Responsible firearms control

Throughout 2020, the Igarape Institute played a pivotal role in supporting the legislature and the judiciary to reverse brazen attempts to dilute firearms legislation in Brazil. The Institute generated technical briefs, opinion editorials and a range of reports to elected representatives as well as Brazilian influencers such as Gabriela Prioli (news commentator and lawyer), Raull Santiago (activist) and Frejat (singer). The Institute’s “Não Somos Alvo” (“We’re not Targets”) campaign reached tens of thousands of Brazilians.


One of his first decrees was designed to weaken arms regulation in the country. To counter this, the Institute intensified efforts to strengthen responsible firearms control. The Institute highlighted the range of risks associated with loosening restrictions through careful technical studies that were used by representatives of the legislature and judiciary. The Institute also helped shape public debate through public engagement on television, radio and via print media reaching hundreds of millions of people. One direct outcome of these efforts is that the Brazilian Supreme Court ultimately suspended an effort by the federal government to do away with import taxes on firearms.


The Institute started 2020 by issuing a report — Preliminary Balance of Arms Regulation and Munitions in Brazil — that documented efforts by the federal government to loosen weapons availability. Throughout the year the Institute provided interviews and material for 120 separate media stories. The risks were discussed with the BBC and Fonte Segura, a newsletter issued by the Brazilian Public Security Forum. In Globo, the article Weapons in Brazil was shared with over 5.5 million followers on their page on Facebook. Institute research was also featured by Folha, G1, Jornal Nacional, Agência Lupa and UOL. The Observatório do Terceiro Setor also discussed these issues with the Institute reaching more than 500,00 followers on Facebook. TV Cultura’s #Provoca’s interview with the Institute reached another 3 million people on Marcelo Tas‘s Facebook page and one million via their social networks.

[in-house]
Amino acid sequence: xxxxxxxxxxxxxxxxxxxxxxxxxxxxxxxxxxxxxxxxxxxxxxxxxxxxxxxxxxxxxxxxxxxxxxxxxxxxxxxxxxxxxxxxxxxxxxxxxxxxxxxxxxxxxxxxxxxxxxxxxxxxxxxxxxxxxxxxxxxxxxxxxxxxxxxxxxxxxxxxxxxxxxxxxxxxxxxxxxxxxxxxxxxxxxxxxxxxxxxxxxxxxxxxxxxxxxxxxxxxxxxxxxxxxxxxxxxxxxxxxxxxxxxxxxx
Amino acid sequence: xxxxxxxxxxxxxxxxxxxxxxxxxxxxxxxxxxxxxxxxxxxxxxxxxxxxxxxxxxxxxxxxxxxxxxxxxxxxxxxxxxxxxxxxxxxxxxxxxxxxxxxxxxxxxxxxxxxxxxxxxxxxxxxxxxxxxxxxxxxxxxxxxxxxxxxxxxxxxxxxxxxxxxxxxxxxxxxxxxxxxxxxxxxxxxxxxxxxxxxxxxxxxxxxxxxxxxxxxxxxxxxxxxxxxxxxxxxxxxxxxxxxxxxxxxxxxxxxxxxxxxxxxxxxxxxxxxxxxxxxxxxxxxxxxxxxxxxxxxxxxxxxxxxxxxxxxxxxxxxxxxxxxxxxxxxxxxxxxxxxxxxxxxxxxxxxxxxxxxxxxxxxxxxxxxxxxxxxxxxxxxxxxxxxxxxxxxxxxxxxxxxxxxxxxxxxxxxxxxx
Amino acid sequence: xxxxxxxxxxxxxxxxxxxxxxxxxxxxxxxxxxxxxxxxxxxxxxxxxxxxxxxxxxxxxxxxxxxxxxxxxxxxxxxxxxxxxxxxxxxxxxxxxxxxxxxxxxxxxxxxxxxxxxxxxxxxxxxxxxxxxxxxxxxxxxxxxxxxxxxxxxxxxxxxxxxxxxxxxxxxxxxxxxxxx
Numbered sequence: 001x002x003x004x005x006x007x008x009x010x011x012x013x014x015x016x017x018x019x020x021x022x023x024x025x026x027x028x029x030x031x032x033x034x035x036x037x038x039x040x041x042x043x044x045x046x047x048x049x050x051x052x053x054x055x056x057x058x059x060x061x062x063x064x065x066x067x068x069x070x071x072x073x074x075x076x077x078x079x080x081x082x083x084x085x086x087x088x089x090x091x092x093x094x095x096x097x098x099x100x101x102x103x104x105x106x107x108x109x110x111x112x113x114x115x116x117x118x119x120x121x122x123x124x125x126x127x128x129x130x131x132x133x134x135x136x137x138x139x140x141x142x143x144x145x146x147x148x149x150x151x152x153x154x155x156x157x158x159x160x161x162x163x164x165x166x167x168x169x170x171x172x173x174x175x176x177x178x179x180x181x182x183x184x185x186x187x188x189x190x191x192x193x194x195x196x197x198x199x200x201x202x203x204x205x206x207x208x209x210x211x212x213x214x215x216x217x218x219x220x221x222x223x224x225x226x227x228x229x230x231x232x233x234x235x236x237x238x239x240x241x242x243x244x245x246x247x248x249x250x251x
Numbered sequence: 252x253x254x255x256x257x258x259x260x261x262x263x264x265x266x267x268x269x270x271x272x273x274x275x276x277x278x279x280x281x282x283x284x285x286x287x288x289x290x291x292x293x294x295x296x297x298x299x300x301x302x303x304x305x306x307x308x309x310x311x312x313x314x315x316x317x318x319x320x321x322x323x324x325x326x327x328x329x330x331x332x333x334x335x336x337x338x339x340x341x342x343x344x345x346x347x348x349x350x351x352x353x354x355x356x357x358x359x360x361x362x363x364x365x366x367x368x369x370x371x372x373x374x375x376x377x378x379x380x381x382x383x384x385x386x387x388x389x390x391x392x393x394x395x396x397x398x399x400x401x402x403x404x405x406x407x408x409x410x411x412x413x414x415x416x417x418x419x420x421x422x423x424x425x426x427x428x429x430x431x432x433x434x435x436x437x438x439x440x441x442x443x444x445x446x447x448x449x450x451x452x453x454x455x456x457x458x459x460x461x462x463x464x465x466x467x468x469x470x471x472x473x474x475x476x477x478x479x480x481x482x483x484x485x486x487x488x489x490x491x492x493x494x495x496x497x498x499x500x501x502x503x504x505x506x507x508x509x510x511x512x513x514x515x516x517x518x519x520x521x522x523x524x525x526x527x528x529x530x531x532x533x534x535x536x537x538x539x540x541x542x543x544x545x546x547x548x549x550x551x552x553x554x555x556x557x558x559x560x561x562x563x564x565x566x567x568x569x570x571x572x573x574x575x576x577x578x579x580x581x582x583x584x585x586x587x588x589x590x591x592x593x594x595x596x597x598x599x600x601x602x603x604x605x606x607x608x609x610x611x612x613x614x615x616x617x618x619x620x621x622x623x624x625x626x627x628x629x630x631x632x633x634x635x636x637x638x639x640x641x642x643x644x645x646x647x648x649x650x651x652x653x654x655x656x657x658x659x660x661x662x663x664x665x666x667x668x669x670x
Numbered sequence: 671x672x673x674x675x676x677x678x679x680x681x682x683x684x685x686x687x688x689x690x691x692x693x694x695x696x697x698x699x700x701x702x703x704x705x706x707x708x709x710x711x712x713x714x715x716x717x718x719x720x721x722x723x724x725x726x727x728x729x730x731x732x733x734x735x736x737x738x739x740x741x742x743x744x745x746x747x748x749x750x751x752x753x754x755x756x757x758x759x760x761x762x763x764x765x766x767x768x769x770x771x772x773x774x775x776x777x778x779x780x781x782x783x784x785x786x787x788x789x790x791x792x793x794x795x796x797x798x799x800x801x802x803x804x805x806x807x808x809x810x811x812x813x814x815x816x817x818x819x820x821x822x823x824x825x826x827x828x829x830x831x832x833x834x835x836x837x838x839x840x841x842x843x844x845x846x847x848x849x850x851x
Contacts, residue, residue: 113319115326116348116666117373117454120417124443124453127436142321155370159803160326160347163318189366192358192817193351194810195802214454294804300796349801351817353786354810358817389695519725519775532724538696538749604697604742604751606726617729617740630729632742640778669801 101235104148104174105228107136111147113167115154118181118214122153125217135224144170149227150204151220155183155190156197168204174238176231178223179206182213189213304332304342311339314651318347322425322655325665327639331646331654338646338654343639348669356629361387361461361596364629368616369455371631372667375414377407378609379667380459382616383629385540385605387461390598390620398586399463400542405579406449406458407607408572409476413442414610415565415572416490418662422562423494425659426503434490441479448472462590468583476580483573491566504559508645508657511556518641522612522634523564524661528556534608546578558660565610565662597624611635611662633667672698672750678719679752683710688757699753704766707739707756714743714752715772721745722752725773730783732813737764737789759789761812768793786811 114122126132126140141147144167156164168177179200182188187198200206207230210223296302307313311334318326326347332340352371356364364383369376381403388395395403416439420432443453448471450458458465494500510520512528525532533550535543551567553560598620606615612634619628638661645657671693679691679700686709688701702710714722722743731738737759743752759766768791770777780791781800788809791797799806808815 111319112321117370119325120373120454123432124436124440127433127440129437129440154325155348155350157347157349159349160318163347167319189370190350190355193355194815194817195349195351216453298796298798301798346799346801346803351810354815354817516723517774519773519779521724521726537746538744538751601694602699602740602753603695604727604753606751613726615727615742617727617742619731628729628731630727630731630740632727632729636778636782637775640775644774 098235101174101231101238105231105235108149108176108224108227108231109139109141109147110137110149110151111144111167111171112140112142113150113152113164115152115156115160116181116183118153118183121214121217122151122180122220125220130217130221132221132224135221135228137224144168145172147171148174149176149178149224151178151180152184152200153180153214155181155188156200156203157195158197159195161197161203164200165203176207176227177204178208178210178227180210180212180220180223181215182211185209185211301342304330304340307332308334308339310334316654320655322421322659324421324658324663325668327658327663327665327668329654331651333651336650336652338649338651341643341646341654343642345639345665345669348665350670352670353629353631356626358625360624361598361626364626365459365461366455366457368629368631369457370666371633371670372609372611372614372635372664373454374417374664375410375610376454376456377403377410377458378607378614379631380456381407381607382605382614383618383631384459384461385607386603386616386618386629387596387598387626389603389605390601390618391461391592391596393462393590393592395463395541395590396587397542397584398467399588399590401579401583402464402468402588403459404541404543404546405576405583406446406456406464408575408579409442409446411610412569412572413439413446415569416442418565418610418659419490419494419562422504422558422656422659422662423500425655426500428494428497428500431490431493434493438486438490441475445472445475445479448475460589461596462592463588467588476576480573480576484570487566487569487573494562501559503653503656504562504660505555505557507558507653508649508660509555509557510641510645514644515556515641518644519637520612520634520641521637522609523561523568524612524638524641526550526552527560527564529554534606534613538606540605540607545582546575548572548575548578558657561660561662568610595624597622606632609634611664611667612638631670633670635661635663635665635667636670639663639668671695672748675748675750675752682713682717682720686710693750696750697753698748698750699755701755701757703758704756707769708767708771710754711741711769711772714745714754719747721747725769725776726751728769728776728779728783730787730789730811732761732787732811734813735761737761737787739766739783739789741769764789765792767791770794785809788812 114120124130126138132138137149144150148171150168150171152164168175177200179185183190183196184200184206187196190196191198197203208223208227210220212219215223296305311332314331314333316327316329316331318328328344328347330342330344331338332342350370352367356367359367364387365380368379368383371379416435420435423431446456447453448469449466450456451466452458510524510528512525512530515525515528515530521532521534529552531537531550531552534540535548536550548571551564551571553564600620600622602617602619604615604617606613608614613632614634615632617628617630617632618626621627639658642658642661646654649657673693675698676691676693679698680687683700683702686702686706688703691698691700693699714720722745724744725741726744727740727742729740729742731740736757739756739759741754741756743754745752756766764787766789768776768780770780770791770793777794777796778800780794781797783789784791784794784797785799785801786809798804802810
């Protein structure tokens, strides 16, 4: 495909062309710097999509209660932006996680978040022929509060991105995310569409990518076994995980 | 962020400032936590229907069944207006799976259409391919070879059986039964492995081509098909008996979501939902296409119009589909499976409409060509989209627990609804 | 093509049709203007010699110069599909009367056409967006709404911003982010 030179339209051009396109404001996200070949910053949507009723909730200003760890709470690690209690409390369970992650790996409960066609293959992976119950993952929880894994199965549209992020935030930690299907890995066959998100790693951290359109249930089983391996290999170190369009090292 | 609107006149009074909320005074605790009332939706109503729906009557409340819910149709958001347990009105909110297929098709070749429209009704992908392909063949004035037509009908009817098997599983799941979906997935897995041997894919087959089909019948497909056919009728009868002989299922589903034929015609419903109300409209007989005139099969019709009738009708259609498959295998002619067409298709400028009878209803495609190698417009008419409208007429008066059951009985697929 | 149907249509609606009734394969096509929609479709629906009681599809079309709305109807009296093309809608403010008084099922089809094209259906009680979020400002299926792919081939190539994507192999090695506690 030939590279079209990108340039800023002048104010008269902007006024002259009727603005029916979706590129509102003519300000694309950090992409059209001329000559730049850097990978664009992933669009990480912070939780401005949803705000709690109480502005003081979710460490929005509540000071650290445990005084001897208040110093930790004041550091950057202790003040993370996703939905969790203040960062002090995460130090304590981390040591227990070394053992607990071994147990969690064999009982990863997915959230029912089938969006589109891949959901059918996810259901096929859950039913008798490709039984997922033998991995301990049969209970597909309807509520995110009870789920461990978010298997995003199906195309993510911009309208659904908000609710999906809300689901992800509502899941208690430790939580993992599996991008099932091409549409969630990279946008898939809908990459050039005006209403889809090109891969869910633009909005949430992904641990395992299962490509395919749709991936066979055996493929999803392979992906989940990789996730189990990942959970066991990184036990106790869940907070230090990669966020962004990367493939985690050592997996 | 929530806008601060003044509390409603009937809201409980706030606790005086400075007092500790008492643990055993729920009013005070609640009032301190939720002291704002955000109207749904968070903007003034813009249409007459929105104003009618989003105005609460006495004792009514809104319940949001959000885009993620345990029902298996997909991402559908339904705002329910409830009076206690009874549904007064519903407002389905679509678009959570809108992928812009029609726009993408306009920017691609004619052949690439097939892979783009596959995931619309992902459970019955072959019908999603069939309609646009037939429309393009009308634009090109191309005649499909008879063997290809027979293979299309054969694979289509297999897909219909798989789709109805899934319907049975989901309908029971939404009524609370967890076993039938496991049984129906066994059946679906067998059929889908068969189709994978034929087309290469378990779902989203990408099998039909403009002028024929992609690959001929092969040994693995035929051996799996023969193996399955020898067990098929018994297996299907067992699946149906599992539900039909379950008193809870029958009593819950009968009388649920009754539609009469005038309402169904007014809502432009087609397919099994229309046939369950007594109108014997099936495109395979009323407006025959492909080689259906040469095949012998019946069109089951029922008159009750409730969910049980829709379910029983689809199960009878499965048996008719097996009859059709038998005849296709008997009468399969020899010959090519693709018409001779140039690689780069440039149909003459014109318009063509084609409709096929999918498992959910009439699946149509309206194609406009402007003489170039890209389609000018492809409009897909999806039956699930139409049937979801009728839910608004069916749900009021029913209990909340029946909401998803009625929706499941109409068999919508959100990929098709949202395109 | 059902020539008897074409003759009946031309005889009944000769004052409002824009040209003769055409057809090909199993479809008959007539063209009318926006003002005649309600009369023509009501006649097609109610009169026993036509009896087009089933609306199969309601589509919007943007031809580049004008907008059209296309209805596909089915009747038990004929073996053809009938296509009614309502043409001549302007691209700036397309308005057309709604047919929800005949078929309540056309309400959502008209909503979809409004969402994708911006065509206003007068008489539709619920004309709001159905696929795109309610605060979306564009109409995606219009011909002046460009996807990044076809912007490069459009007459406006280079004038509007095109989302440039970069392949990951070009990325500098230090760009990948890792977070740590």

The Não Somos Alvo (We’re not Targers) was also intended to help public generate awareness about the challenges associated with loosening firearms laws. An example of this is The Weapons We Need Do Not Kill. According to Ibope, a polling firm, 73 percent of Brazilians do not believe that weakening arms control is good for either democracy or public security. The vast majority of Brazilians are opposed to efforts to expand firearms ownership. To this end, the campaign engaged a diverse audience that, in turn, can pressure both congress and the wider legislature to take action against the fatal weakening of gun laws in the country.

The Igarapé Institute uses cookies and other similar technologies to improve your experience, in accordance with our Privacy Policy and our Terms of Use, and by continuing to browse, you agree to these conditions.

Skip to content